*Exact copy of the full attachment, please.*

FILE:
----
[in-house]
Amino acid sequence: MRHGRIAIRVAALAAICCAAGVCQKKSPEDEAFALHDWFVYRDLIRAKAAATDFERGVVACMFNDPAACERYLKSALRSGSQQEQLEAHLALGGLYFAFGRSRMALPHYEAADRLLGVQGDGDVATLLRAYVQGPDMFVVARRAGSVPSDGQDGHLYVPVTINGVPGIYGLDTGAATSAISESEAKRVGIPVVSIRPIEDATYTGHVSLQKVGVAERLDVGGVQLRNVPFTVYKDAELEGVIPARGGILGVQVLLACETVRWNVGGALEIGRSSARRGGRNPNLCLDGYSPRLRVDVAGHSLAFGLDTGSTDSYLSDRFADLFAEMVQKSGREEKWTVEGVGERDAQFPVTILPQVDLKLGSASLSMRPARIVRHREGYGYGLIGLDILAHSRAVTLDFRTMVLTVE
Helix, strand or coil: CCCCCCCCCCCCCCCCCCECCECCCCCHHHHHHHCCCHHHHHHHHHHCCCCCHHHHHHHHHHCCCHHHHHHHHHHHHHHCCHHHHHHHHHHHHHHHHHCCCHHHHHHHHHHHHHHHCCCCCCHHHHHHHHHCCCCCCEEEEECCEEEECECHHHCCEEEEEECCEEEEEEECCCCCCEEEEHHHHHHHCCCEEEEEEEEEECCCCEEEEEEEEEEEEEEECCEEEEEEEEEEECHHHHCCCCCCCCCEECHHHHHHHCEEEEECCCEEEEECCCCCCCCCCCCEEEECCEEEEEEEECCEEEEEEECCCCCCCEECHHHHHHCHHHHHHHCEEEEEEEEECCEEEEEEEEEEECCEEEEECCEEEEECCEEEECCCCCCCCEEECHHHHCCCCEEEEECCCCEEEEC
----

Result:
[in-house]
Amino acid sequence: MRHGRIAIRVAALAAICCAAGVCQKKSPEDEAFALHDWFVYRDLIRAKAAATDFERGVVACMFNDPAACERYLKSALRSGSQQEQLEAHLALGGLYFAFGRSRMALPHYEAADRLLGVQGDGDVATLLRAYVQGPDMFVVARRAGSVPSDGQDGHLYVPVTINGVPGIYGLDTGAATSAISESEAKRVGIPVVSIRPIEDATYTGHVSLQKVGVAERLDVGGVQLRNVPFTVYKDAELEGVIPARGGILGVQVLLACETVRWNVGGALEIGRSSARRGGRNPNLCLDGYSPRLRVDVAGHSLAFGLDTGSTDSYLSDRFADLFAEMVQKSGREEKWTVEGVGERDAQFPVTILPQVDLKLGSASLSMRPARIVRHREGYGYGLIGLDILAHSRAVTLDFRTMVLTVE
Helix, strand or coil: CCCCCCCCCCCCCCCCCCECCECCCCCHHHHHHHCCCHHHHHHHHHHCCCCCHHHHHHHHHHCCCHHHHHHHHHHHHHHCCHHHHHHHHHHHHHHHHHCCCHHHHHHHHHHHHHHHCCCCCCHHHHHHHHHCCCCCCEEEEECCEEEECECHHHCCEEEEEECCEEEEEEECCCCCCEEEEHHHHHHHCCCEEEEEEEEEECCCCEEEEEEEEEEEEEEECCEEEEEEEEEEECHHHHCCCCCCCCCEECHHHHHHHCEEEEECCCEEEEECCCCCCCCCCCCEEEECCEEEEEEEECCEEEEEEECCCCCCCEECHHHHHHCHHHHHHHCEEEEEEEEECCEEEEEEEEEEECCEEEEECCEEEEECCEEEECCCCCCCCEEECHHHHCCCCEEEEECCCCEEEEC